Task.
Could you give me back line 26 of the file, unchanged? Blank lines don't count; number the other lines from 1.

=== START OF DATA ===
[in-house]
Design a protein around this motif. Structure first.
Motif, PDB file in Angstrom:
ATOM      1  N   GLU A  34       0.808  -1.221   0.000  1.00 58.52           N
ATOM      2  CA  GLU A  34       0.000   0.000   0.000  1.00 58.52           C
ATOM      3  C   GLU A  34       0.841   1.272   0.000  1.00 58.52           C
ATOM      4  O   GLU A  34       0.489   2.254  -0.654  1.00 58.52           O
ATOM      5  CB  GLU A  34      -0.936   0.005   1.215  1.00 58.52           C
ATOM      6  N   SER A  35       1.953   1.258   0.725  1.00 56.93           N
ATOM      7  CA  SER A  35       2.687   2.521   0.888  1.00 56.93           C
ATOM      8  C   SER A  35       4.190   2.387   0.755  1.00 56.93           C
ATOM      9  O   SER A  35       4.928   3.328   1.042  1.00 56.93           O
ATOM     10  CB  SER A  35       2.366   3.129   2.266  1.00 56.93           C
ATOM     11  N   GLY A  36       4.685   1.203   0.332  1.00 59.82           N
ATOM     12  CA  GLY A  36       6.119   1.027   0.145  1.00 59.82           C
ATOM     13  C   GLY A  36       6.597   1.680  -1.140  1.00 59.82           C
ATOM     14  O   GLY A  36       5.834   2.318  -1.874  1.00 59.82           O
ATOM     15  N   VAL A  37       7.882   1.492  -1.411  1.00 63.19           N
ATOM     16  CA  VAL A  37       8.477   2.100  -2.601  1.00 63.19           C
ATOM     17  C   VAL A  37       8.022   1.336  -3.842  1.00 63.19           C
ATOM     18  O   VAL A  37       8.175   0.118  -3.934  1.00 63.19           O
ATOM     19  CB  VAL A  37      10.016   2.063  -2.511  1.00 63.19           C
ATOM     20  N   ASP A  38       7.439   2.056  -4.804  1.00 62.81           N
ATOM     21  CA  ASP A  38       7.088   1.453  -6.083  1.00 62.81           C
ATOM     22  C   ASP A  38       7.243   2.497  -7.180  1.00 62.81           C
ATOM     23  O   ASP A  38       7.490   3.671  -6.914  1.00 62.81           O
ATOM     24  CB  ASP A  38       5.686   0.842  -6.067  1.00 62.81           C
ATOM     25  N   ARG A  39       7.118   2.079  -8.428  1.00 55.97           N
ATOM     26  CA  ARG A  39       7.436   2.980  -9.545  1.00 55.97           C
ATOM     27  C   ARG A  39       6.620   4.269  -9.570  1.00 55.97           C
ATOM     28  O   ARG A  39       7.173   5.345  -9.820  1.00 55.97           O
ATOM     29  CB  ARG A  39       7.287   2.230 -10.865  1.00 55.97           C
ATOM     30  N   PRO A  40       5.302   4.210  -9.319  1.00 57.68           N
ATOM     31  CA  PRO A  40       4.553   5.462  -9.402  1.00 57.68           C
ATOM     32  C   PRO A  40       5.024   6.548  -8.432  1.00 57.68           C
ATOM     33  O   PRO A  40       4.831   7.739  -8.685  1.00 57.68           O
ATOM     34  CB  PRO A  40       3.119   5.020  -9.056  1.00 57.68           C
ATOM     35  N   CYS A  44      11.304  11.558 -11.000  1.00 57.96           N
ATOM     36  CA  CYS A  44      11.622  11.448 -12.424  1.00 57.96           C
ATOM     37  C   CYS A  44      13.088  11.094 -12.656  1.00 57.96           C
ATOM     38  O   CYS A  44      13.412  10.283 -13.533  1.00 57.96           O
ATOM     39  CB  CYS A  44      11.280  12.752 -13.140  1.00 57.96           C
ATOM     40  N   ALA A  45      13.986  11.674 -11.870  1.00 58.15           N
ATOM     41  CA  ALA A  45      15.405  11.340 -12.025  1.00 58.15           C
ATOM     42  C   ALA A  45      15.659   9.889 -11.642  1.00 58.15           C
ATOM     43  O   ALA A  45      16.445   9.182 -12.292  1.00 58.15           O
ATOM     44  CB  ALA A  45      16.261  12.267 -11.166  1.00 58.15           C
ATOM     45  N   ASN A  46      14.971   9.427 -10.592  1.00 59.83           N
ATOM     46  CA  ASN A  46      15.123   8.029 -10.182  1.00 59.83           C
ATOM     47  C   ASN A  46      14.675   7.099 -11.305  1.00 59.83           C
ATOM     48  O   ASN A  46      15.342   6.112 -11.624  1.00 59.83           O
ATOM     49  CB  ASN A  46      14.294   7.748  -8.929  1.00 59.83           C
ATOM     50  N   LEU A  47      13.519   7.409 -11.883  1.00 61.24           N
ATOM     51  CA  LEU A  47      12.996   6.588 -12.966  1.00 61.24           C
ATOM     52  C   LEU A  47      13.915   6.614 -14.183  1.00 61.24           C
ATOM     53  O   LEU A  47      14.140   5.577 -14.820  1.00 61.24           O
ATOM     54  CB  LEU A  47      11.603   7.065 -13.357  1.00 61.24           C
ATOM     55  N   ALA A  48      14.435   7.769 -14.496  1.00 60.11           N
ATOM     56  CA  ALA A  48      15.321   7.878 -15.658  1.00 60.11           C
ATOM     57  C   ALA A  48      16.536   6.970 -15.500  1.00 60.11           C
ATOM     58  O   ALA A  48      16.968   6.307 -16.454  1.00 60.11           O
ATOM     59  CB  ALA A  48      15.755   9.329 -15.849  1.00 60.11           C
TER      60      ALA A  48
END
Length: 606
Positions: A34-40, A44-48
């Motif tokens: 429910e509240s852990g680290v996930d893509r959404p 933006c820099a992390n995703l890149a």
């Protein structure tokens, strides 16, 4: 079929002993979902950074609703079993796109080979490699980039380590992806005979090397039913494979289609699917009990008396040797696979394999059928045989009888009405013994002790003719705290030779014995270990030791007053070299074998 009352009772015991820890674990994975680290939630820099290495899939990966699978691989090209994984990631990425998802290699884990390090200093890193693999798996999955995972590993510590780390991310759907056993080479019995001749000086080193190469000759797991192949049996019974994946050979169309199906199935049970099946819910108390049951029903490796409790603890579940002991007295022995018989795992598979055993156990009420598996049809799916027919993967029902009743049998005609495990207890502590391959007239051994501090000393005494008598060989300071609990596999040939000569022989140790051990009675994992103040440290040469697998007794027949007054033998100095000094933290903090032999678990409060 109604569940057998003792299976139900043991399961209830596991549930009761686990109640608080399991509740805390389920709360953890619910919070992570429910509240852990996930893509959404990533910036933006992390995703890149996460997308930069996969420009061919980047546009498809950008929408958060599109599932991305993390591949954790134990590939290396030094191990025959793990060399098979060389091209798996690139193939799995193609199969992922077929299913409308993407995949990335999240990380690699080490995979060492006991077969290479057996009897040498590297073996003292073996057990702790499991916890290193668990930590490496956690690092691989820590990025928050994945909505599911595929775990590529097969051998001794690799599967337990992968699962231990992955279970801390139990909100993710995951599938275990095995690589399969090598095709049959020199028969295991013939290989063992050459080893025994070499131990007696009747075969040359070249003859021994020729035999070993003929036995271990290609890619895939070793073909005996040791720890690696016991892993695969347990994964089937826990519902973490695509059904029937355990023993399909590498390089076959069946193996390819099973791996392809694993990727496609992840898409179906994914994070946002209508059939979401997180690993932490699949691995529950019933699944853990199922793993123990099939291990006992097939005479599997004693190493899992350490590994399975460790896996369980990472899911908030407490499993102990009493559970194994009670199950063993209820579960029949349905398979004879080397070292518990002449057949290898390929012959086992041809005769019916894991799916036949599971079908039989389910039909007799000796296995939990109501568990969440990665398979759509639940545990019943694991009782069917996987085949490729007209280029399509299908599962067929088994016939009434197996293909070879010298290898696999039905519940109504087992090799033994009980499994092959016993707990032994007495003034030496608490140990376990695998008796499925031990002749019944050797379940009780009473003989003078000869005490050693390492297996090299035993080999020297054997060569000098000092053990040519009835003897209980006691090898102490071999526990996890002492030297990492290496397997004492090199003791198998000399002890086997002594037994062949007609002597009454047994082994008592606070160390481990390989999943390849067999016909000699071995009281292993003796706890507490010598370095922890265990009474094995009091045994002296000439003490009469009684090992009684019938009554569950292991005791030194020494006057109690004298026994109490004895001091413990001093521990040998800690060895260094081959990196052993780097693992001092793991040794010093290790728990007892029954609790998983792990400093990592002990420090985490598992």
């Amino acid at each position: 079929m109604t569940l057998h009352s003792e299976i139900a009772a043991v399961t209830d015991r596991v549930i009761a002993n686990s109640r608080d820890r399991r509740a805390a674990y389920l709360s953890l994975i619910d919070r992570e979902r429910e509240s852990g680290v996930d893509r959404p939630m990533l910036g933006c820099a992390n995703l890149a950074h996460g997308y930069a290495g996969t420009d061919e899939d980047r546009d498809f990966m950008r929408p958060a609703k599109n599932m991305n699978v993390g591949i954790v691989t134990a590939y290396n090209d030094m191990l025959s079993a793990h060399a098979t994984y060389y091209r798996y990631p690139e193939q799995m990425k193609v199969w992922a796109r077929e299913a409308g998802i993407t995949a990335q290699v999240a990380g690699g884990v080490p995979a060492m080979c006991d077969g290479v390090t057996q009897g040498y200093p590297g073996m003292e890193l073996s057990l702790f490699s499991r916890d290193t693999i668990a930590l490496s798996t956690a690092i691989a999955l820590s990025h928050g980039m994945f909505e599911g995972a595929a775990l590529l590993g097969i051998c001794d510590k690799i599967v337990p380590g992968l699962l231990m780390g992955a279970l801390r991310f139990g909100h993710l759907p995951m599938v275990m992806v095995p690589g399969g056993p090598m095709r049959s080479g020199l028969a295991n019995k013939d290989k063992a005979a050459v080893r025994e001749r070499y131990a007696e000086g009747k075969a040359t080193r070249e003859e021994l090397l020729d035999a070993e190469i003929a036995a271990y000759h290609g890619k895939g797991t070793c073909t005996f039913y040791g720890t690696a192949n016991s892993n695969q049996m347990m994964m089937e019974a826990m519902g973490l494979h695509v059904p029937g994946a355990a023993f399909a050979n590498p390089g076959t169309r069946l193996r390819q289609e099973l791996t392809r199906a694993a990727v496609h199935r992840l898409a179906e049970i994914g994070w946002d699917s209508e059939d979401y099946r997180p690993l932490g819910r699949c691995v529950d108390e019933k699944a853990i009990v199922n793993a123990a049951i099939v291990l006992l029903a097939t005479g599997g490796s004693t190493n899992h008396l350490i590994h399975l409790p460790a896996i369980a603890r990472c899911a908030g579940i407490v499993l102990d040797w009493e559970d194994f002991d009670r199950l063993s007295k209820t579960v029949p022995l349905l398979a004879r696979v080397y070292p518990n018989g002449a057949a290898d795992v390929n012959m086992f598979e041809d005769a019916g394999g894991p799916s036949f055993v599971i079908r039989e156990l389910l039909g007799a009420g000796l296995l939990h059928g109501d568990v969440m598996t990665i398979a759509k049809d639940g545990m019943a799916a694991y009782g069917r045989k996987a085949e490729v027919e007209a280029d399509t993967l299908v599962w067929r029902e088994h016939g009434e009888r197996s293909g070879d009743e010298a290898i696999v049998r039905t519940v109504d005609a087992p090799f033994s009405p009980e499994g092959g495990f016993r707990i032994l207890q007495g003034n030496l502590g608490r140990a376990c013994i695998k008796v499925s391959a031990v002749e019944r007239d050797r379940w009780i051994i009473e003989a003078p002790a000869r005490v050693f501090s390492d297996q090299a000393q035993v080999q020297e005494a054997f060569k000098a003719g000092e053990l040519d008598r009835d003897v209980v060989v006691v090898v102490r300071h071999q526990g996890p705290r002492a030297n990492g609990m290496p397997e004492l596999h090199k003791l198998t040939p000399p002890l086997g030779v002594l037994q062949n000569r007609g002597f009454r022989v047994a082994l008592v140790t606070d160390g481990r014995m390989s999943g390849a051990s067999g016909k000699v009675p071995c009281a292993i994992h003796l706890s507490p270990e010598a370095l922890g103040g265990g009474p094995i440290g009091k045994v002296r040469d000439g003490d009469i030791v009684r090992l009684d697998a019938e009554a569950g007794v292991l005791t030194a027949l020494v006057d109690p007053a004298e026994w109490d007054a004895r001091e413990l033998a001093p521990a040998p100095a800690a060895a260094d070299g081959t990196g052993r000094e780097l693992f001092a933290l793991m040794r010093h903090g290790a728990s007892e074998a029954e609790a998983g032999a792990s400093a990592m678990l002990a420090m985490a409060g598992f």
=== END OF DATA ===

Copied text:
ATOM     23  O   ASP A  38       7.490   3.671  -6.914  1.00 62.81           O